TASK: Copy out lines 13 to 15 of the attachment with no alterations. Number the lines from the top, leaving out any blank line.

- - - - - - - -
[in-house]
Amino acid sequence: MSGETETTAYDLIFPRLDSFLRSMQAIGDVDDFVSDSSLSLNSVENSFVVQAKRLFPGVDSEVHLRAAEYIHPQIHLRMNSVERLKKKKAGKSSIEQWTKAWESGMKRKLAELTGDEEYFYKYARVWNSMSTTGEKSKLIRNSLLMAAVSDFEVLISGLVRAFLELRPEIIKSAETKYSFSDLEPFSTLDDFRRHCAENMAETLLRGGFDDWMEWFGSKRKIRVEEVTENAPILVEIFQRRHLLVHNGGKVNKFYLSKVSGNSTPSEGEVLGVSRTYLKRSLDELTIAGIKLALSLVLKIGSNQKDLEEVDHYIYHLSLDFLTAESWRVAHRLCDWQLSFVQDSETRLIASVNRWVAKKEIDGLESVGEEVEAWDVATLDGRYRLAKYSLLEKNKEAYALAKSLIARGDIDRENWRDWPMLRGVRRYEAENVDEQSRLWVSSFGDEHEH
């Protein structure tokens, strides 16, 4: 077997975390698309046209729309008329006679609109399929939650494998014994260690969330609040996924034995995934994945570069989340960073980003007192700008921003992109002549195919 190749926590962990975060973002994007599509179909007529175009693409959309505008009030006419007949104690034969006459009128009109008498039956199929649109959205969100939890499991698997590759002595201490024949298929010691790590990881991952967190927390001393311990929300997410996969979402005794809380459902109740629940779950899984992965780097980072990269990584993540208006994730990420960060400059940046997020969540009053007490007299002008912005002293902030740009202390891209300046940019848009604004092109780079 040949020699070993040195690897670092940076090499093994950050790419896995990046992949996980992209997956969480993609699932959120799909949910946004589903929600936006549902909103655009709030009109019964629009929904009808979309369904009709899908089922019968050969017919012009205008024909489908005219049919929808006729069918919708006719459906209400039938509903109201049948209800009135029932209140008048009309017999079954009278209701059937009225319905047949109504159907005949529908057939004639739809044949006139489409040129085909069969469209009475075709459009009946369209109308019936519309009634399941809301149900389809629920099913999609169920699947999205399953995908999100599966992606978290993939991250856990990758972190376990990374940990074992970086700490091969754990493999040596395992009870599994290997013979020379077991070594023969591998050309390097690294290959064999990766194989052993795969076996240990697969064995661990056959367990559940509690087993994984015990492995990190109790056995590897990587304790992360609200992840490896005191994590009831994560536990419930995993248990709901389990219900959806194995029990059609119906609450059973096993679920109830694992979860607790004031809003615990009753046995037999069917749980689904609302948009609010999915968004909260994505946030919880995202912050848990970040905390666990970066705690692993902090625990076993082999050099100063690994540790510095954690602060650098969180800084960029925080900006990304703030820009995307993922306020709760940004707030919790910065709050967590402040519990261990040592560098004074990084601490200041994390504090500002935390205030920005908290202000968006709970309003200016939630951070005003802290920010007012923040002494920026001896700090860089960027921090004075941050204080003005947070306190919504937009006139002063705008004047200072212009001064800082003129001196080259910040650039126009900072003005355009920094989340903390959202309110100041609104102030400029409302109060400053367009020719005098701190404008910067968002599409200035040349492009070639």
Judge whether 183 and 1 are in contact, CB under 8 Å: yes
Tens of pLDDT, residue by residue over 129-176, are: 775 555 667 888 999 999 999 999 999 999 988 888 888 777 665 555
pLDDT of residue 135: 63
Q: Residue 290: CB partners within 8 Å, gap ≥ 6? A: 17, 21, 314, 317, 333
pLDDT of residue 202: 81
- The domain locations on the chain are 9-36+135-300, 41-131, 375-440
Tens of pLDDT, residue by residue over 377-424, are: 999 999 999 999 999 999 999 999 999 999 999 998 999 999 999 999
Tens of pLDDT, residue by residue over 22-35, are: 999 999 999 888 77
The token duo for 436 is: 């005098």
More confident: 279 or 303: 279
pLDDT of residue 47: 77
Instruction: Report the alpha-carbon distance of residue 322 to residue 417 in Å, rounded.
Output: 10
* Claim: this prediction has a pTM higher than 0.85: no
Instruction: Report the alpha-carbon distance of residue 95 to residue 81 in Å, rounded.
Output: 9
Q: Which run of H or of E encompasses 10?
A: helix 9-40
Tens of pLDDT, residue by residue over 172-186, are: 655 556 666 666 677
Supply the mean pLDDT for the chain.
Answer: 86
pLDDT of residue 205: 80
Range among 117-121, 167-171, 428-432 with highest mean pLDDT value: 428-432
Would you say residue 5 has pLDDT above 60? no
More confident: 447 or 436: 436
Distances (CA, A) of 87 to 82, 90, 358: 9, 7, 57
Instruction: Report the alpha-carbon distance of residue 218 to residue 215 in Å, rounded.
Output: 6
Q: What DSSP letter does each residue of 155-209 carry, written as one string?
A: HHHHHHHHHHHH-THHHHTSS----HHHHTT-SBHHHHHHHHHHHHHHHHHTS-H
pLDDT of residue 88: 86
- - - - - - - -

More confident: 279 or 303: 279
pLDDT of residue 47: 77
Instruction: Report the alpha-carbon distance of residue 322 to residue 417 in Å, rounded.